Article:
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Posted by on in UNward!

Another packed room for the Dirty 30 v.4.0!

I'll admit it - I'm an edcamp  junkie. I love spending my own time on weekends or using my vacation days to go learn something new about what's happening in schools. I'm passionate about my craft, 24/7. 

Kyle Calderwood kicks off #tmnj16

Over the years, the edcamp  movement has exploded, but there is also another Un-conference  that is gaining major traction: TeachMeet. Today, I attended my third TeachMeetNJ in Toms River.

73 teachers partook in BreakoutEDU

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Posted by on in UNward!


“Be brave enough to start a conversation that matters.”    Amy Fast  @fastcranny 

As I heard that Barack Obama would be the next president of the United States, I sat quietly with my wife and daughter and savored the meaning of the moment. 

I was filled with the spirit of the possibilities the future held. I had no idea what kind of leader our new president would be. What I knew was that the faces of the masses gathered on election night 2008 shouted hope in a way I had never seen.

I saw how much the moment meant to people who could not hold back their tears -- and I shared that. 

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Posted by on in UNward!


Working with Vicki Davis, Angela Maiers and 30 other connect educators has been eye opening. Through them, I'm seeing how companies are engaging with educators on the very leading edge of social media influence. 

I’ve now had scores of one-on-one exchanges with these enterprises. Some have been large established national brands, others new ed tech startups.  The experience has provided a rare view of what these companies want from connected educators. We're also seeing what educators are getting in return.

Perhaps the three most important insights gleaned so far are:

  1. For those who want to make a difference beyond the classroom, there are abundant new opportunities everywhere.  This is especially true for educators with significant social media influence. (Most influential connected educators already know this.)

  2. There are also significant challenges, conflicts of interest and pitfalls to navigate. (Many are unaware of the myriad issues below the surface.)

  3. Finally, there is a massive gap between the value educators are providing, and the compensation they are getting. 

As it stands now, most connected educators go into these relationships with companies blindly.  Many have no idea what to expect or what will be expected of them.  Many  have no knowledge of what is generally acceptable and what is not.   It’s clear that all connected educators can benefit from having  some visibility into what’s going on in this rapidly developing love affair between connected educators and education marketers.  So let's start with the big picture...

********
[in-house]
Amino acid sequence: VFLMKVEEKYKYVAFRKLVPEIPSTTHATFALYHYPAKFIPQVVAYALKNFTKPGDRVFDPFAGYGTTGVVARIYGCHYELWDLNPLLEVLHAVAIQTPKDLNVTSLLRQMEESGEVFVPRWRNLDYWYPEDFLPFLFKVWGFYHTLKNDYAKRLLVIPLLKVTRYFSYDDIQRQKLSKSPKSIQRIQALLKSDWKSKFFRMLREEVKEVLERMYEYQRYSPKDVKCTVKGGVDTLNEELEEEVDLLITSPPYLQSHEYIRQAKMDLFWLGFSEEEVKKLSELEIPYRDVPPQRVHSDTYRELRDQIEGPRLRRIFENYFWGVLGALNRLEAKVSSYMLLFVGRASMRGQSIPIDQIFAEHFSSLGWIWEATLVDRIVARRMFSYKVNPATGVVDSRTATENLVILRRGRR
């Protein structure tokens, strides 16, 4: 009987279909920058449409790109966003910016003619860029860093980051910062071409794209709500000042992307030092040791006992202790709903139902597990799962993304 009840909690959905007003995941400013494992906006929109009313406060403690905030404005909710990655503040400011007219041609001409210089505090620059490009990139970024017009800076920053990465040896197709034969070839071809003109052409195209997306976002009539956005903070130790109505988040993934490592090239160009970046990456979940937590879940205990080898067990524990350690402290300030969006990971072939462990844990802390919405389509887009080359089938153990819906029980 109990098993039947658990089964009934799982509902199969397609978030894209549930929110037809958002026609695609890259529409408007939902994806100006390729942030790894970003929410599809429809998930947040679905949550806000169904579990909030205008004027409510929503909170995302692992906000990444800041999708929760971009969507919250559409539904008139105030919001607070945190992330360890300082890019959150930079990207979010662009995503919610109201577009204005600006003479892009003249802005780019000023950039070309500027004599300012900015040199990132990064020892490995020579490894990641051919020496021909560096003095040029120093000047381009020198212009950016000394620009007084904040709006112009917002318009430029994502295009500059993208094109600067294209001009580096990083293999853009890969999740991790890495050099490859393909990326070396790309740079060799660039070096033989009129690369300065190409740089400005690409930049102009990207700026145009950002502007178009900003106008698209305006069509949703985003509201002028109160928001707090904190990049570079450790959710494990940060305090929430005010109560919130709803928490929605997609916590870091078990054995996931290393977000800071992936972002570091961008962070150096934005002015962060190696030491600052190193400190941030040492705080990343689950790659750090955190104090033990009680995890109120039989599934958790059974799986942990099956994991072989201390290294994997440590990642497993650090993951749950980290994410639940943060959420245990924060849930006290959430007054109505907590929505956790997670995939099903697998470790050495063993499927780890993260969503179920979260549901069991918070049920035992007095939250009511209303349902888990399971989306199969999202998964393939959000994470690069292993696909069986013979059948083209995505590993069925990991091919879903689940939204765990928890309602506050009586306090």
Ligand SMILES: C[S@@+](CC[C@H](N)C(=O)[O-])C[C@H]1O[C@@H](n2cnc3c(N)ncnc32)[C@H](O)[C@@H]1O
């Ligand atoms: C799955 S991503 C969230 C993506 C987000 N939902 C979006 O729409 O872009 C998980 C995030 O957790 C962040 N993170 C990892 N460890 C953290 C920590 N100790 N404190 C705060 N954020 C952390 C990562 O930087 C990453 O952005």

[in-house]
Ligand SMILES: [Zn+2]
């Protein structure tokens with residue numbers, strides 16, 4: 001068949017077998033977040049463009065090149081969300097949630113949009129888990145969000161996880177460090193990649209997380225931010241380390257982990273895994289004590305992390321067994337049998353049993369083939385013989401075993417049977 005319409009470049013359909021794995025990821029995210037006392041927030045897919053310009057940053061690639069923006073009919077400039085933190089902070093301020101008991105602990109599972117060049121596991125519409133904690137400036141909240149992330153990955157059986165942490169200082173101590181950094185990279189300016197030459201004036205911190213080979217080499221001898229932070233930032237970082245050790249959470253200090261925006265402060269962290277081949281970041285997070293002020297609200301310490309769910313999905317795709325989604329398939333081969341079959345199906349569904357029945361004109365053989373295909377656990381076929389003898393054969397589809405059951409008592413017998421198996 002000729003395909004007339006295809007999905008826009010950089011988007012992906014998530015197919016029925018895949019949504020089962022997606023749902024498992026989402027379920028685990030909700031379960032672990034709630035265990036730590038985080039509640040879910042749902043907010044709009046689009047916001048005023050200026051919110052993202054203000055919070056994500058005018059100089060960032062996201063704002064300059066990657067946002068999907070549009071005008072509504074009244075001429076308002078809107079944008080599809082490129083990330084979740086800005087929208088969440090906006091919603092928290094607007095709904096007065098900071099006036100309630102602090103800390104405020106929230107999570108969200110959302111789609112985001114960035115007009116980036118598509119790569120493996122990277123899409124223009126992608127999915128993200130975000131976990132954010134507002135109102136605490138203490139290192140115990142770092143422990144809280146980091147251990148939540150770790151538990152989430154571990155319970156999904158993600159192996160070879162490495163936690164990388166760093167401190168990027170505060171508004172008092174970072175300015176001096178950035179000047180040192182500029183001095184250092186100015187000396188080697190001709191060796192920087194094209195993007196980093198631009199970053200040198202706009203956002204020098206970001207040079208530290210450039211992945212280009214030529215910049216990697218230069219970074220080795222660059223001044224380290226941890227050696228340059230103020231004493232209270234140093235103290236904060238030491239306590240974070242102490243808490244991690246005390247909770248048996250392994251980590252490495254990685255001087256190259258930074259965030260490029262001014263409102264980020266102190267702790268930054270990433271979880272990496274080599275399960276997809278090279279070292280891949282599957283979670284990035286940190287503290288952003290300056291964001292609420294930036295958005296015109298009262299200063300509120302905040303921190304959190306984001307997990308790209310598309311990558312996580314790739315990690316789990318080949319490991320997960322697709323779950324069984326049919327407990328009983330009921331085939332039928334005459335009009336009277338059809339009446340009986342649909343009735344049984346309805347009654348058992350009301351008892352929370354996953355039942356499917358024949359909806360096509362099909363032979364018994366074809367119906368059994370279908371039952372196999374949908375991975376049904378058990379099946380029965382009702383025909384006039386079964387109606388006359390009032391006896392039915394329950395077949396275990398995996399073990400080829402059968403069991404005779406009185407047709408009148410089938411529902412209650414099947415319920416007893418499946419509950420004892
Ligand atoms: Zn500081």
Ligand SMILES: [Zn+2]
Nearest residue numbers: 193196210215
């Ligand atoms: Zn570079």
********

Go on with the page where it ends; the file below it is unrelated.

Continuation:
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Posted by on in UNward!


This week I learned that semantics can be a surprisingly insurmountable barrier to positive community action. In fact, it can prevent really, really, really great things from happening. Apparently, even things that we all agree are good and needed can get derailed by a “label.”

Despite the growing popularity of the work being done on school “branding” by Joe Sanfelippo and Tony Sinanis, this week I discovered that the term has a deeply negative connotation for some.

As I was comfortably laid back following #edchat with the rest of the committed lead lurkers, Heather Rocco @heatherrocco dropped a tweet bomb that grabbed me by the collar and forced my hands to the keyboard. 

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Posted by on in UNward!



ONE: This week I learned that another hallmark of a 21st-century education is “reflection time.”  Nancy BlairKelly Tenkely and Mark Weston, Ph.D. made me aware that taking time during class to reflect is now in vogue.  This came as quite a surprise, since “reflecting” during class was called  daydreaming when I was in school and riveted attention to the sage on the stage was the mandate. Sounds like a 21st-century education is much more fun.  

This is a very exciting development to those predisposed to reflection. I just want to know where Nancy, Kelly and Mark were when I really needed them back in high school. (Smile.)  

I enjoyed listening to How Do We Encourage Reflection Among Students and Teachers?, and it was the most popular segment on BAM Radio this week.  I take solace in knowing that if this notion catches on, the next generation may be free to daydream, er… ah..., I mean “reflect” in class without being scolded for failing to focus on where the real learning is happening. The show also attracted an interesting tweet from Tim Vagle who struck a chord with several people: 

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